Wednesday, October 12, 2022

Zoe/Juniper Takes Us To Another Shore


Nia-Amina Minor in Zoe/Juniper's Always Now, part of The Other Shore at On the Boards 2022
photo @ Jim Coleman

Lying on a sheepskin throw, my head on a cushion, I gaze up at assorted pieces of what looks like crumpled foil, suspended from the ceiling of On the Boards’ main theater space. As the lights dim, I hold my breath in anticipation of the performance to come.

Zoe/Juniper’s two-part creation, The Other Shore, had its Seattle debut at OtB October 5-9, 2022; it’s both a live performance and a video installation. Experiencing them was a ritual for the senses that defies easy description but I’m going to give it my best shot.

Always Now, 2018 at Jacob's Pillow
photo @ Marcie Sillman

I actually had my first interaction with an earlier iteration of this artwork in the spring of 2018 when Zoe/Juniper was in residence at Jacob’s Pillow. Zoe Scofield and Juniper Shuey, the company’s co-artistic directors, had embarked on an exploration of the ways that artists and audiences interact during live performance. They wanted to change our perspective, and what better way to do that than to put the audience in the middle of the artistic action?

Even early on, Scofield and Shuey planned The Other Shore as a two-part experience. At Jacob’s Pillow, the big barn was divided by a heavy curtain; at OtB, the audience moves from floor to floor. The two dozen attendees are divided into two groups; in Seattle, half are led into a video installation, called Future Ancestors, while the other twelve people begin with the live performance, Always Now, in the room with the sheepskin throws. The two groups switch rooms midway through. 

Always Now before the audience arrives
photo @ Jim Coleman

Zoe/Juniper works have always combined live dance with stunning visuals and innovative video projections; with The Other Shore they take their creative vision to new heights. Future Ancestors, in OtB’s downstairs theater, is a large-scale video projection featuring performer Kehari Hutchinson. The audience, seated on couches or chairs, watches as Hutchinson emerges from under a pile of crumpled foil. The video, projected on a large, curved surface, follows the performer through what feels like a prolonged birth experience; it’s a slow ritual that culminates in Hutchinson’s self-anointment with golden liquid.

Future Ancestors has evolved from the live ritual I saw four years ago at Jacob’s Pillow. While not performed live this time, it remains quietly mesmerizing, no doubt touching different chords in each viewer.

Shuey’s video artistry is astonishing, but for me the thrill of The Other Shore was the live segment, Always Now. It’s immersive, innovative, beautiful and thought-provoking.

The experience began as our small group was led to an ante-room adjacent to OtB’s upstairs theater, where we shed our shoes and jackets. In the dimly-lit performance space, six dancers greeted us individually, guiding us to separate sheepskin mats laid out in two rows on a white floor. They settled us in and explained what we might expect.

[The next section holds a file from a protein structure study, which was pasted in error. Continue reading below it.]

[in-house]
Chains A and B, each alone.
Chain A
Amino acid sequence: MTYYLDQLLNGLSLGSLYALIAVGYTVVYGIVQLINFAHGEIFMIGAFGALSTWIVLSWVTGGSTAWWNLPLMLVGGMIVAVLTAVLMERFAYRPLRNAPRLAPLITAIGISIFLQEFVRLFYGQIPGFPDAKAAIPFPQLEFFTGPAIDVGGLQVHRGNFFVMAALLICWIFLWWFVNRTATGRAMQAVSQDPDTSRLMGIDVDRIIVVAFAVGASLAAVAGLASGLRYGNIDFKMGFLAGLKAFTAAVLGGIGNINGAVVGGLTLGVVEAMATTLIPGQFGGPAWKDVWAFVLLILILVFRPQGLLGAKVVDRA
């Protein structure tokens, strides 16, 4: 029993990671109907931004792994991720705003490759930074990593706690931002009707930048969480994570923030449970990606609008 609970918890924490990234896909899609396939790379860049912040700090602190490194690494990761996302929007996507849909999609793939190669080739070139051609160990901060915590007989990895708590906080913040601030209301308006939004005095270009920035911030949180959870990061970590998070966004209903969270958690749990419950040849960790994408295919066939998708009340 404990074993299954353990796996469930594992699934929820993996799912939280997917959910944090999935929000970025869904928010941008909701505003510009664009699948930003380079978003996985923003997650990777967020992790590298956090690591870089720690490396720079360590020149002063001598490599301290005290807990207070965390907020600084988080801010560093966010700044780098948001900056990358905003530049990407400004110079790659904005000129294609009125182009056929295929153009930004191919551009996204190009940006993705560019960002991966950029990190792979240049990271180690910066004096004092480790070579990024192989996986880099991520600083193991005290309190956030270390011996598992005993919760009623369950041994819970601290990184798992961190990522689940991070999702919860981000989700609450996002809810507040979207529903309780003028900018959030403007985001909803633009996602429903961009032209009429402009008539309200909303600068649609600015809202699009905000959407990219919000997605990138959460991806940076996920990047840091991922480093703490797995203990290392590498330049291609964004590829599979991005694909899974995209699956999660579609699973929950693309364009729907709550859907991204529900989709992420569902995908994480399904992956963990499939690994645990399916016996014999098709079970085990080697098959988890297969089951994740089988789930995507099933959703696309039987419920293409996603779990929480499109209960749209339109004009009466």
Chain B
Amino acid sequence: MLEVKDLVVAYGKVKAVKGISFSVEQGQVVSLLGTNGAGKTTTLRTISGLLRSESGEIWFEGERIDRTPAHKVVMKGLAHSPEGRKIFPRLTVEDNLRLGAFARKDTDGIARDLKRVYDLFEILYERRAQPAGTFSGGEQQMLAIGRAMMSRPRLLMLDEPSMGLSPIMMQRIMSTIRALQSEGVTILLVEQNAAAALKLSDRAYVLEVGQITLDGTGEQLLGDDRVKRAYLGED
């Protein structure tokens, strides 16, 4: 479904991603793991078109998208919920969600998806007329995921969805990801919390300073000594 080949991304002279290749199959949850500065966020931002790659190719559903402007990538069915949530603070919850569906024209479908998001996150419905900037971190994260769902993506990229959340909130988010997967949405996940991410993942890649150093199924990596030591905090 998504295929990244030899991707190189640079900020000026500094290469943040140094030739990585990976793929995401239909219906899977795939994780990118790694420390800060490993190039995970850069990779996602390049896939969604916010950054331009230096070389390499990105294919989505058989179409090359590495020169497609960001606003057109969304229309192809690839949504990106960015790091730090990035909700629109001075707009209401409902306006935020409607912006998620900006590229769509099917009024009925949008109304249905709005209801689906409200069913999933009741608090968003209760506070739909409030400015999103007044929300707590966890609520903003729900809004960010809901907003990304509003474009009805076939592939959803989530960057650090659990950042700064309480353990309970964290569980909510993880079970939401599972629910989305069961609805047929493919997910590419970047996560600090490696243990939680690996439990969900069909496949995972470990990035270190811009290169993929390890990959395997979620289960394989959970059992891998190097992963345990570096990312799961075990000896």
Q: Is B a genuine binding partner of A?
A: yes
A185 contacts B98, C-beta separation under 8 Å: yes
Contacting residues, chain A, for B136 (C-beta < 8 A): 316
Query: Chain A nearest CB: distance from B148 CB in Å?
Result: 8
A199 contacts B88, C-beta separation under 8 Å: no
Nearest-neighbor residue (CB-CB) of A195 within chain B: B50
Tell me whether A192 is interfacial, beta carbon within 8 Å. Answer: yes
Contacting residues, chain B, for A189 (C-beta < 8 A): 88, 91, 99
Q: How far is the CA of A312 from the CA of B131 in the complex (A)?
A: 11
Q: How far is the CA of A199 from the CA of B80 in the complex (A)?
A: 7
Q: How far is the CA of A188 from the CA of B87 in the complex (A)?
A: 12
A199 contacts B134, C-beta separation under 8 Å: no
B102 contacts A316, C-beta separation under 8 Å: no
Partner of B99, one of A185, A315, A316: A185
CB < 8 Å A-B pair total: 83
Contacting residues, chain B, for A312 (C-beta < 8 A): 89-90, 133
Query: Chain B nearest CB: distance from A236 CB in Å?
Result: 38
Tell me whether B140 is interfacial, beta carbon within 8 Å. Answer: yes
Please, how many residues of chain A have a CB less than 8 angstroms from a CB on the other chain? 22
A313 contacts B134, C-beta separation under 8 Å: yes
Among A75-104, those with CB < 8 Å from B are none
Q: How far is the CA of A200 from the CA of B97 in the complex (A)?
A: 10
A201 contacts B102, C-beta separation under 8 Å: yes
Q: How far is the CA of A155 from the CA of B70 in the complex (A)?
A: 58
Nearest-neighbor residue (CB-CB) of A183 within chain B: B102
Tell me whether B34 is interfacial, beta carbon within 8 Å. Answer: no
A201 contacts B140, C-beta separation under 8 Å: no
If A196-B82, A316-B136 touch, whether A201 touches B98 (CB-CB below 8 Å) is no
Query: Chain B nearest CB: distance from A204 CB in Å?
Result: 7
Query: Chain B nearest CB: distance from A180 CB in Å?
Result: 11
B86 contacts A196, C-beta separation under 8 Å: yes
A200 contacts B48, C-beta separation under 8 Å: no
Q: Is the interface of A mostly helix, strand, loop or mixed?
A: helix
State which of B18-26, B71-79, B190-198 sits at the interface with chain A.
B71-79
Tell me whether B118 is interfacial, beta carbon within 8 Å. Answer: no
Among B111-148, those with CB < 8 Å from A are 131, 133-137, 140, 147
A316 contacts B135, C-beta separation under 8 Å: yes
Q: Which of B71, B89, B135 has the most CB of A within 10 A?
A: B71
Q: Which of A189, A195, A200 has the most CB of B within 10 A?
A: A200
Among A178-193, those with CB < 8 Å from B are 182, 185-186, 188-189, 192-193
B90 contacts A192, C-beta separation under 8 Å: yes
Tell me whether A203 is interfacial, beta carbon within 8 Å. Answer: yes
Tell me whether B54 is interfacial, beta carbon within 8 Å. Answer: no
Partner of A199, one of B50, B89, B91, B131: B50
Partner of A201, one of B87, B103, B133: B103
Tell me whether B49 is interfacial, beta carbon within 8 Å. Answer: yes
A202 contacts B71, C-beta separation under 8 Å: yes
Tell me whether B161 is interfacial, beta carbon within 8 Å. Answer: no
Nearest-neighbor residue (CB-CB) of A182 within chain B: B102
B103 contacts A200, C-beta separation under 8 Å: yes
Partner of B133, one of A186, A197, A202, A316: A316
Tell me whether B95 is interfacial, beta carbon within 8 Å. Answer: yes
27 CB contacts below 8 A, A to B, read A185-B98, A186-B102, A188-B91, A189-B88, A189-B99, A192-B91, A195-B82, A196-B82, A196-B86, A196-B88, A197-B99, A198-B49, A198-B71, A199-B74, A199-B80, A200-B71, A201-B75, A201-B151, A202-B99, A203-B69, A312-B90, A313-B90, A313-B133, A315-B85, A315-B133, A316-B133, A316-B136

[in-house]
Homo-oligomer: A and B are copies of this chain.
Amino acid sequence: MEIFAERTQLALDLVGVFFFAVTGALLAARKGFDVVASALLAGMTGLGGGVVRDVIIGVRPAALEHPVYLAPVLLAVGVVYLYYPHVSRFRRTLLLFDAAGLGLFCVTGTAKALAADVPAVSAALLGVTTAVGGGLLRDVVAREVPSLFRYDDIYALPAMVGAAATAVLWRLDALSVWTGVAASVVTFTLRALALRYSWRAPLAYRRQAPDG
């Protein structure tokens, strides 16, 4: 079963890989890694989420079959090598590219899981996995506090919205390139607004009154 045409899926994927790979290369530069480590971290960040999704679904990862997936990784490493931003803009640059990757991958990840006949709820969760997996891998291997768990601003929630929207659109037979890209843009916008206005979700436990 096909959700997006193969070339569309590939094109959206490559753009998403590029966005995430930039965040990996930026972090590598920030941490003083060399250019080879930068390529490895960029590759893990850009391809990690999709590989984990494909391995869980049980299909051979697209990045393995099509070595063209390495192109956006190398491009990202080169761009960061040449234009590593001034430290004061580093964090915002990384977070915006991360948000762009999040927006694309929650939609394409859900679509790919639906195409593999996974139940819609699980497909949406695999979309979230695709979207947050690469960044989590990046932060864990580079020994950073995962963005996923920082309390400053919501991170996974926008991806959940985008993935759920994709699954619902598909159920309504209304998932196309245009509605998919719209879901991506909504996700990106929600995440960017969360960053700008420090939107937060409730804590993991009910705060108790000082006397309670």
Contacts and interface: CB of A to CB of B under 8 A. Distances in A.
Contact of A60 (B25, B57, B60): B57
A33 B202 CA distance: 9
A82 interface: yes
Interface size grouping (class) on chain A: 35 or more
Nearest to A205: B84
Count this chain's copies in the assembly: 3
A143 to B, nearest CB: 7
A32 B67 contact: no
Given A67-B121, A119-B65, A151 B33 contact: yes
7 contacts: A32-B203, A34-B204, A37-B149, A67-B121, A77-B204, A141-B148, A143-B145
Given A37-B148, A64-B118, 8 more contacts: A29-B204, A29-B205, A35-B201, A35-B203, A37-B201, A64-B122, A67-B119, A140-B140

Nia-Amina Minor, front right, and fellow dancers, upright. Audiences members lie supine.
photo @ Jim Coleman

Once we’re supine on our mats, an almost-hypnotic score begins and the dancers start to move around us, between us, above us. We’re on the floor, but it feels like we’re suspended in an other-worldly cocoon, spun by lighting designer Evan Anderson, set designer Sara Brown and sound designer Bobby McElver.

Dancer Akoiya Harris in Zoe/Juniper's Always Now.
photo @ Jim Coleman

Lying there, you can turn your head from side to side, but you can’t see everything that’s happening. Instead, we rely on all of our senses (well, maybe not smell!) We can feel the vibration of the dancers’ feet on the floor, the whoosh of air when they leap over our bodies. The lights are set up on all four sides of the space, sometimes they're reflected by the crumpled pieces of foil on the ceiling, other times they backlight the bodies in motion.

Always Now at On the Boards
photo @ Jim Coleman

From time to time, a dancer crouches over you, looking into your eyes, creating an intimate bond we don’t get in a more typical performance where the audience watches artists from a distance. Other times, a dancer vaults over you, and for a tiny moment, we worry they might fall onto us. It feels a bit like the adrenaline rush you get on a roller coaster, scary, exciting, exhilarating all at once.

Always Now at On the Boards
photo @ Jim Coleman

As I lay there soaking it in, I was struck by the very “rightness” of Always Now. Almost three years into a pandemic that kept us physically separated for so many months, the sensory immersion of this performance, the intimate proximity to other humans, is celebratory, revelatory and melancholy all at once. I don't think it was meant as a commentary on this particular time in history, but it couldn't be more appropriate.

The cast of Always Now, October 2022, Seattle
photo @ Jim Coleman

For me, the most powerful art is a journey; I don't necessarily need a  narrative, but I want each performance to move from a starting point to another plane, another shore, if you will. Zoe/Juniper’s Always Now did just that for me. And in doing that, it offered up a fleeting moment of grace in these uncertain times, a place to reflect on our human connections: our dreams, our fears and our hopes.



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